Fire Prevention on Railroad Trains.

Fire Prevention on Railroad Trains.

Dr. Henry B. Baker, Secretary of the Michigan State Board of Health, has sent to Hon. S. R. Billings, State Commissioner of Railroads, the following communication :

Relative to the question asked of you by John S. Lorimer, general storekeeper of the Chicago and Grand Trunk Railway, in his letter of November 14, referred to me yesterday, I can report that the State Board of Health has not recently considered the exact subject of hand file extinguishers for use on passenger trains; but some years ago the general subject of “The condition of inflammability” was very thoroughly investigated and reported upon by Professor R. C. Kedzie, then a member of this board, which will be found valuable for its suggestiveness, in relation to the subject of the prevention of fires on wiecked passenger trains; because it is probable that if the cars, interior fittings and contents could be made incombustible, or even incapable of burning with a flame, a great part of the danger from fire would be done away with. That this can be done so far as relates to the cars and fittings, at an expense which would be justifiable, I have no doubt. The report to which I refer is published in the annual report ot this board for the year 1880. I refer especially to pages 180-183.

The substances which can be applied to wood, cloth, paper, etc., and thus render such substances incapable of burning with a flame are common, not expensive, and are numerous, so that no difficulty should be found in selecting those which will not interfere with the ornamentation of the car or its fittings.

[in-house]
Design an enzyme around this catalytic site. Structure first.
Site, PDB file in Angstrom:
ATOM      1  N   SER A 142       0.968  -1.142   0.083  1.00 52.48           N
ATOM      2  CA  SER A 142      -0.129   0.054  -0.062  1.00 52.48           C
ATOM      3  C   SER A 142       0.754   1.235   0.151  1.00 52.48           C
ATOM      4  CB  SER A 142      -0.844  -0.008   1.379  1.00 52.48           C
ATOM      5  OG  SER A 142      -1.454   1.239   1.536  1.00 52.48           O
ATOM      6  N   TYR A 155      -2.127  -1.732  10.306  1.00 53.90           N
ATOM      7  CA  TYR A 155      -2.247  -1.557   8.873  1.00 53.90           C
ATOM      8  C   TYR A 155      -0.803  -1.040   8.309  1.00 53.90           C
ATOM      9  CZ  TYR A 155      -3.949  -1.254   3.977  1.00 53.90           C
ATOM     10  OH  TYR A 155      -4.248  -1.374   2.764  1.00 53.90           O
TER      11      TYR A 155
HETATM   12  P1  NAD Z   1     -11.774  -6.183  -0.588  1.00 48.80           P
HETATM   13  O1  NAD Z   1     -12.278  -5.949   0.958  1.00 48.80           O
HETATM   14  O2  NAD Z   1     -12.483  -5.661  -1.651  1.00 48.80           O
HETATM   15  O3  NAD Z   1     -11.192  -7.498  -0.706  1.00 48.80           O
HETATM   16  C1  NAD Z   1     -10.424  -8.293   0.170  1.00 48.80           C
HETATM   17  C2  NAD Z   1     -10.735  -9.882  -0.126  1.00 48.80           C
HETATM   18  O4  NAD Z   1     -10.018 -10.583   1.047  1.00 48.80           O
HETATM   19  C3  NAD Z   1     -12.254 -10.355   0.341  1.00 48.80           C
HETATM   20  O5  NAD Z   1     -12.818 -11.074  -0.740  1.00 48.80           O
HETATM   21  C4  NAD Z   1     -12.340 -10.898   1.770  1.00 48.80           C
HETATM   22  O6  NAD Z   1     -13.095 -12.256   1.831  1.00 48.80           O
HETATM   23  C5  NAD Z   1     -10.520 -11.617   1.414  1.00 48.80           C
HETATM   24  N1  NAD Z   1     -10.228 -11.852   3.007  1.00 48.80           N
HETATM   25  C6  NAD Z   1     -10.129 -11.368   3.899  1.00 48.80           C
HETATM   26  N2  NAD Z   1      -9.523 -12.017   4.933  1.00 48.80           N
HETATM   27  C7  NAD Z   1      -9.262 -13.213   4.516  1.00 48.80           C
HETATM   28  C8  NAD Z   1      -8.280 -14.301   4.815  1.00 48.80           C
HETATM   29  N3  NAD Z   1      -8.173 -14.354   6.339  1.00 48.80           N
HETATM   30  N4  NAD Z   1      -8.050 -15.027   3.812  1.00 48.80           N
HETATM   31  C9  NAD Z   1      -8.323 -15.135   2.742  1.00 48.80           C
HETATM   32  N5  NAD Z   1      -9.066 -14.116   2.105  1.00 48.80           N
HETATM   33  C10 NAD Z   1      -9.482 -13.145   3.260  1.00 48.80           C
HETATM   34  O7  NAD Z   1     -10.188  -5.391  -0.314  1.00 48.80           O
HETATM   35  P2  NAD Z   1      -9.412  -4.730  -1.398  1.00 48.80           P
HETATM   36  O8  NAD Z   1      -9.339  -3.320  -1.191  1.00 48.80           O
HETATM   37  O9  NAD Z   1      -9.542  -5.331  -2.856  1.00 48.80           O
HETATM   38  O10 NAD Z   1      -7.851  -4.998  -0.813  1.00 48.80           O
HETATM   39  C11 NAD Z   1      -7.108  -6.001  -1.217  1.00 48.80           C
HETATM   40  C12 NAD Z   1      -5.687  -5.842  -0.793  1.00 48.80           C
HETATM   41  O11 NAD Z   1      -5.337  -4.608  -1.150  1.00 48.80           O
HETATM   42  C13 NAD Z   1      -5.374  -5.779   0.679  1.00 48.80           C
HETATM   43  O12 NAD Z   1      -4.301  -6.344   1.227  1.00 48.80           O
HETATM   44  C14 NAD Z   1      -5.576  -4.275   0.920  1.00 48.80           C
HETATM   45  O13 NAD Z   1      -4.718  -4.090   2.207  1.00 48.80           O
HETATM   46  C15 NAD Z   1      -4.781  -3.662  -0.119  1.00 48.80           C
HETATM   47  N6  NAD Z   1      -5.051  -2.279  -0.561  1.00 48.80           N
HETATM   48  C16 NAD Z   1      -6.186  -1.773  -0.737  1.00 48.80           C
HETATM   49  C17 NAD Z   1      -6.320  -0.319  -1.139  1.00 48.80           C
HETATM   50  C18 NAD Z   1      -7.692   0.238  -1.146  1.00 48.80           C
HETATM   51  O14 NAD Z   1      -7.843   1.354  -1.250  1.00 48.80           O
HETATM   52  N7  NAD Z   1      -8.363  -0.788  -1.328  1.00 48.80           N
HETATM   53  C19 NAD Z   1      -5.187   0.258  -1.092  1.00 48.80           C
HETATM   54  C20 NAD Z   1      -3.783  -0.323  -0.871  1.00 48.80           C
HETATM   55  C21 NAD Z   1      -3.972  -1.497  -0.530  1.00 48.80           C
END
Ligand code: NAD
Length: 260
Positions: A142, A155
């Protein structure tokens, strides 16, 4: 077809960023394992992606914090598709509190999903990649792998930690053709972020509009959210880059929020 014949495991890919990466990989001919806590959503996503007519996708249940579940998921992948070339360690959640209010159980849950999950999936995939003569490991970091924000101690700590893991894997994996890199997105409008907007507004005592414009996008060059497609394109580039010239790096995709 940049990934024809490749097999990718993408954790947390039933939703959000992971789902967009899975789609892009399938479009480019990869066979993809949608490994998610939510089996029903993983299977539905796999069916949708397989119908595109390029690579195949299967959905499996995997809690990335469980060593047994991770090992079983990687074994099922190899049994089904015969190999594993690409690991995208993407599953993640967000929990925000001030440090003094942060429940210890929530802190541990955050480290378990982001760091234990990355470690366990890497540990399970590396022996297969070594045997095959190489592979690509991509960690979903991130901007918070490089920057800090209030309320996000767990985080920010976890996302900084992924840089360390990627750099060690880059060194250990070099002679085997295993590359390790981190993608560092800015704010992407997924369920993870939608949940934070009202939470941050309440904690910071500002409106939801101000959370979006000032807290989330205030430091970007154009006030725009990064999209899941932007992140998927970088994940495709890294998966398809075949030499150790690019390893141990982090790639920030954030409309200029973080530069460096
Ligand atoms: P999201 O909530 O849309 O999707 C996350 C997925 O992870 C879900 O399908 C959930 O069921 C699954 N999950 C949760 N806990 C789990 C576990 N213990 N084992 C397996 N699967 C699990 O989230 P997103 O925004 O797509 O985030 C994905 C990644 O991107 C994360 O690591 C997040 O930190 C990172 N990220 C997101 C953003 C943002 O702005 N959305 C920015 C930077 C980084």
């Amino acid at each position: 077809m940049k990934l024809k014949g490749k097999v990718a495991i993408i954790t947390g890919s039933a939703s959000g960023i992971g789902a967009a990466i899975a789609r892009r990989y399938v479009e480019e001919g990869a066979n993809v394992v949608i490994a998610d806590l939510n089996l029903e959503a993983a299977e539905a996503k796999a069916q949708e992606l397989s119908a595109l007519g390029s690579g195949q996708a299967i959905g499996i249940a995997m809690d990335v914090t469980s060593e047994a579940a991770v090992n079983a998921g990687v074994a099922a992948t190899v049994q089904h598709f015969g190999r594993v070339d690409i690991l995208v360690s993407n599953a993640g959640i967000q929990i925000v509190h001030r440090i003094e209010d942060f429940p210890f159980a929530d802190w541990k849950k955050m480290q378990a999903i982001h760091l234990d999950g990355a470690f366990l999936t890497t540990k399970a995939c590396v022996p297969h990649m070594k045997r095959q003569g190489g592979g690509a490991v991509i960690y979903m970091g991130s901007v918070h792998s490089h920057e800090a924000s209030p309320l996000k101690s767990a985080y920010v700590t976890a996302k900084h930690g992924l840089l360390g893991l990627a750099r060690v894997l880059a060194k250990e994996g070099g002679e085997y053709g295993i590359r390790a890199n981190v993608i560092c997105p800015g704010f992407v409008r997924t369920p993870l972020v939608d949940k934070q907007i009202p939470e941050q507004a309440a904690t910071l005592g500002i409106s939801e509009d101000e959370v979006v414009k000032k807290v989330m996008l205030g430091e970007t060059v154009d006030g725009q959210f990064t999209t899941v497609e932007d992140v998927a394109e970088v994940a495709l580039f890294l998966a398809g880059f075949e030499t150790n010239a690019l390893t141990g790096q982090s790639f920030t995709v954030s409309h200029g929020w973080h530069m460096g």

In complying with your important suggestion that “ All railroad companies doing passenger business in this State, provide all coaches, baggage, express and mail cars with the best known appliances adapted for hand use to extinguish (ire ; such fire extinguishers to be placed within easy reach and most convenient for use,” some of the principles set forth in Professor Kedzie’s report should be useful to the storekeepers for the several railroads. In that report a number of solutions are mentioned which, when applied to woodwork, cloth, paper, etc., render such articles not easily inflammable. Solutions to be kept in the so-called “hand grenades” for extinguishing fire must, I suppose, be of such strength that they will not freeze, and thus break the glass or other container, but I think this is easily accomplished. A saturated solution of common salt would not freeze and would be a useful article in such “hand grenades.” But it is possible that there are substances much more useful than that. (Many a soot fire in a chimney has been extinguished with a few handfuls of common salt.) By having two kinds of grenades kept for use together, each to break into the other, one containing a solution of bicarbonate and the other a solution of an acid sulphate, carbonic acid gas could be liberated, as is done in the chemical fire engines, on a principle similar to that of the Babcock fire extinguisher. If desired, I have no doubt this board would have a special investigation made to ascertain what methods would be most feasible, or at least what scientific principles are available.

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